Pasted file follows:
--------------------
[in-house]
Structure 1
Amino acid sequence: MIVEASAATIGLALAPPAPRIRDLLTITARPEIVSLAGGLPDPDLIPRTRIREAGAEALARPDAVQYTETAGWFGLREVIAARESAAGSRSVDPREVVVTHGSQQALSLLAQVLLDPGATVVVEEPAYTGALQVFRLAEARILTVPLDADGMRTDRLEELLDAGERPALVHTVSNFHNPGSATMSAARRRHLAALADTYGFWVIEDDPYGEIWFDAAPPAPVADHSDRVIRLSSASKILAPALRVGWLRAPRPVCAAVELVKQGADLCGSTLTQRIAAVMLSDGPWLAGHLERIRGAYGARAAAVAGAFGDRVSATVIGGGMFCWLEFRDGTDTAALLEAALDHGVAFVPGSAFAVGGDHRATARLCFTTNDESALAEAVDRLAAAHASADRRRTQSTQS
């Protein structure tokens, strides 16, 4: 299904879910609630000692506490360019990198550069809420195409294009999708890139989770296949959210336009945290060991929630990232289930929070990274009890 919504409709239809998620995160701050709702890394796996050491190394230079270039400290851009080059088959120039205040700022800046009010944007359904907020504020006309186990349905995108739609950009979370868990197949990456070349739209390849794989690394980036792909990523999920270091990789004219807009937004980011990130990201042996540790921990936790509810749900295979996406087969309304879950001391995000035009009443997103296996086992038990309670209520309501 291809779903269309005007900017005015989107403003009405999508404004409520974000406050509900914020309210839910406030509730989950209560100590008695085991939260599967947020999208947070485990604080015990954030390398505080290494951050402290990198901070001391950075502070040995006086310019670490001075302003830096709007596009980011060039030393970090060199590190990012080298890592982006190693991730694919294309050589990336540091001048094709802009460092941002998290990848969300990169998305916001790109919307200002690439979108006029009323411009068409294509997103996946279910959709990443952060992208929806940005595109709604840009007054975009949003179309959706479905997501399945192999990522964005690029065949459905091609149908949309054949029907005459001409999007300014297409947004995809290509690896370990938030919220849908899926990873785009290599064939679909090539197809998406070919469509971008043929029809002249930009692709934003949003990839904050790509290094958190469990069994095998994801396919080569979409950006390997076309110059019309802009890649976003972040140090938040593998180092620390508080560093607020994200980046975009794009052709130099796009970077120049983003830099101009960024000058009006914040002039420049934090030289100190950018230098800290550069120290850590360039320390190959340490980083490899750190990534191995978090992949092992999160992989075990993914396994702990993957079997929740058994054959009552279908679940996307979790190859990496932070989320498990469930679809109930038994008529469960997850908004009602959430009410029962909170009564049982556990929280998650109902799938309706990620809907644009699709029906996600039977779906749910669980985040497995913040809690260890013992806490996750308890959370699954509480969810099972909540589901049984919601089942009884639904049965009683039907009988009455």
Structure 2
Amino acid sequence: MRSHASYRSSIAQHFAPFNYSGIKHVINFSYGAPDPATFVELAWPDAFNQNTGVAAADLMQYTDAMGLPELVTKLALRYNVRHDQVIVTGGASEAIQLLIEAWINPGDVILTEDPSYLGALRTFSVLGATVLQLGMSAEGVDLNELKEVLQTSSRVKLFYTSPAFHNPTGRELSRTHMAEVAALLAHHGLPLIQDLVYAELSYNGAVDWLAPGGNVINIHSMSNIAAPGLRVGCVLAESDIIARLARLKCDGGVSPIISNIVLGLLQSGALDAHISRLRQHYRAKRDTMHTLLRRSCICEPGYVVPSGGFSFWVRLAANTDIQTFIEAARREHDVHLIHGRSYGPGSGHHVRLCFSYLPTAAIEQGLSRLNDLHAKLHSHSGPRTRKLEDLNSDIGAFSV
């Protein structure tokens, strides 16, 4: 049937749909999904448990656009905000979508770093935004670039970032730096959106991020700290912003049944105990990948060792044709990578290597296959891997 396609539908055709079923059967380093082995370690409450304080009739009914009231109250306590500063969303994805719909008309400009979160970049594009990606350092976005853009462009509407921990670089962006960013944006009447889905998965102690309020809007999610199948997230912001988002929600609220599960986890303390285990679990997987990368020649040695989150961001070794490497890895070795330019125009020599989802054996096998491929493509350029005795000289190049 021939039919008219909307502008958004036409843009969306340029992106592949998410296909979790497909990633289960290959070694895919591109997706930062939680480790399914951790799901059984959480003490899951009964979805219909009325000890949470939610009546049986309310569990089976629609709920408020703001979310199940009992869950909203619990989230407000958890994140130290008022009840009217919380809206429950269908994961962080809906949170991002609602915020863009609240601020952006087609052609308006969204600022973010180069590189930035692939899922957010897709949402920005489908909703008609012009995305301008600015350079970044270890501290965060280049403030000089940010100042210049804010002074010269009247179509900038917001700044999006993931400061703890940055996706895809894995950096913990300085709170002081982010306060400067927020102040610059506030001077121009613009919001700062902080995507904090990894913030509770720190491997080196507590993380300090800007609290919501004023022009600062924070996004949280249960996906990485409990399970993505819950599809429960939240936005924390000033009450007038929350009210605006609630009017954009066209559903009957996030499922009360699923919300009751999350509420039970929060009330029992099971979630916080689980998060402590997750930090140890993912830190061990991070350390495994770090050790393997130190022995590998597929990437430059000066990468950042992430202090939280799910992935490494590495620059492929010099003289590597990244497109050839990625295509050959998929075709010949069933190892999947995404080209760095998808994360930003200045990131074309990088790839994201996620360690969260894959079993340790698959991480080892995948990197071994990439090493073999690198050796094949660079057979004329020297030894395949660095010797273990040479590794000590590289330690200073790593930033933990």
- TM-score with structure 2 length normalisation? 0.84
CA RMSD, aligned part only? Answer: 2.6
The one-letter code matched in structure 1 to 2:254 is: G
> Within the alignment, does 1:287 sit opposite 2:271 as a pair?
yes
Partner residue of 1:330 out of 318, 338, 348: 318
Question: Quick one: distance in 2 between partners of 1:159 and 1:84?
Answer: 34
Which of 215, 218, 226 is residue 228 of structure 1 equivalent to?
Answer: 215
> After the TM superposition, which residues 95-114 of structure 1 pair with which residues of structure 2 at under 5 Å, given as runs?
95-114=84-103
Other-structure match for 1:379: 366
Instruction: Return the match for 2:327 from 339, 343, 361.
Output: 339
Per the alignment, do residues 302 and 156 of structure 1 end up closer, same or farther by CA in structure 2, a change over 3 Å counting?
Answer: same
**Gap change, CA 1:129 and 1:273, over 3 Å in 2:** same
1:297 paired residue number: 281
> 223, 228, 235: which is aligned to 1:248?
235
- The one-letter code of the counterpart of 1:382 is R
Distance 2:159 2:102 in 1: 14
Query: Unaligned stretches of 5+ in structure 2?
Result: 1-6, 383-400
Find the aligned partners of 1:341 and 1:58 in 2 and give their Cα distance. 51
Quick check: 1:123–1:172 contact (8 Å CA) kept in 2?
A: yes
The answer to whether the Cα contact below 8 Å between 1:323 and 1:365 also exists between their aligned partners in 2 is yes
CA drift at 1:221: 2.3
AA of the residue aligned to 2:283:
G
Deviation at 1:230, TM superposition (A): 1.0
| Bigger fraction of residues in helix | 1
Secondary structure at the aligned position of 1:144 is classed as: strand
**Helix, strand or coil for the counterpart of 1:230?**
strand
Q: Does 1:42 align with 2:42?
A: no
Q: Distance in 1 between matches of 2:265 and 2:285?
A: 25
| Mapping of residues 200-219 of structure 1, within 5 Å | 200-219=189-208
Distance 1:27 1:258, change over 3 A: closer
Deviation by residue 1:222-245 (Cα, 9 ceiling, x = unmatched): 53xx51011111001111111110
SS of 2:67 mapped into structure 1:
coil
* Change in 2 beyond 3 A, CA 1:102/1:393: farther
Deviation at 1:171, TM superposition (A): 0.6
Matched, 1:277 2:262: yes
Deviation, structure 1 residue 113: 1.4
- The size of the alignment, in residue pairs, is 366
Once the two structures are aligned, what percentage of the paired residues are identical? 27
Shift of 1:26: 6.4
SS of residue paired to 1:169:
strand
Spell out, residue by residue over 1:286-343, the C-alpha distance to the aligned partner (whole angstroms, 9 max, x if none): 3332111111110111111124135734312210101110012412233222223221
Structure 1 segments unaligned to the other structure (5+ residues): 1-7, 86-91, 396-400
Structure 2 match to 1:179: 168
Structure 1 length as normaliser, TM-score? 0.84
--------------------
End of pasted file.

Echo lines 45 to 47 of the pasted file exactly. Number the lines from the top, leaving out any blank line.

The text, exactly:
Q: Does 1:42 align with 2:42?
A: no
Q: Distance in 1 between matches of 2:265 and 2:285?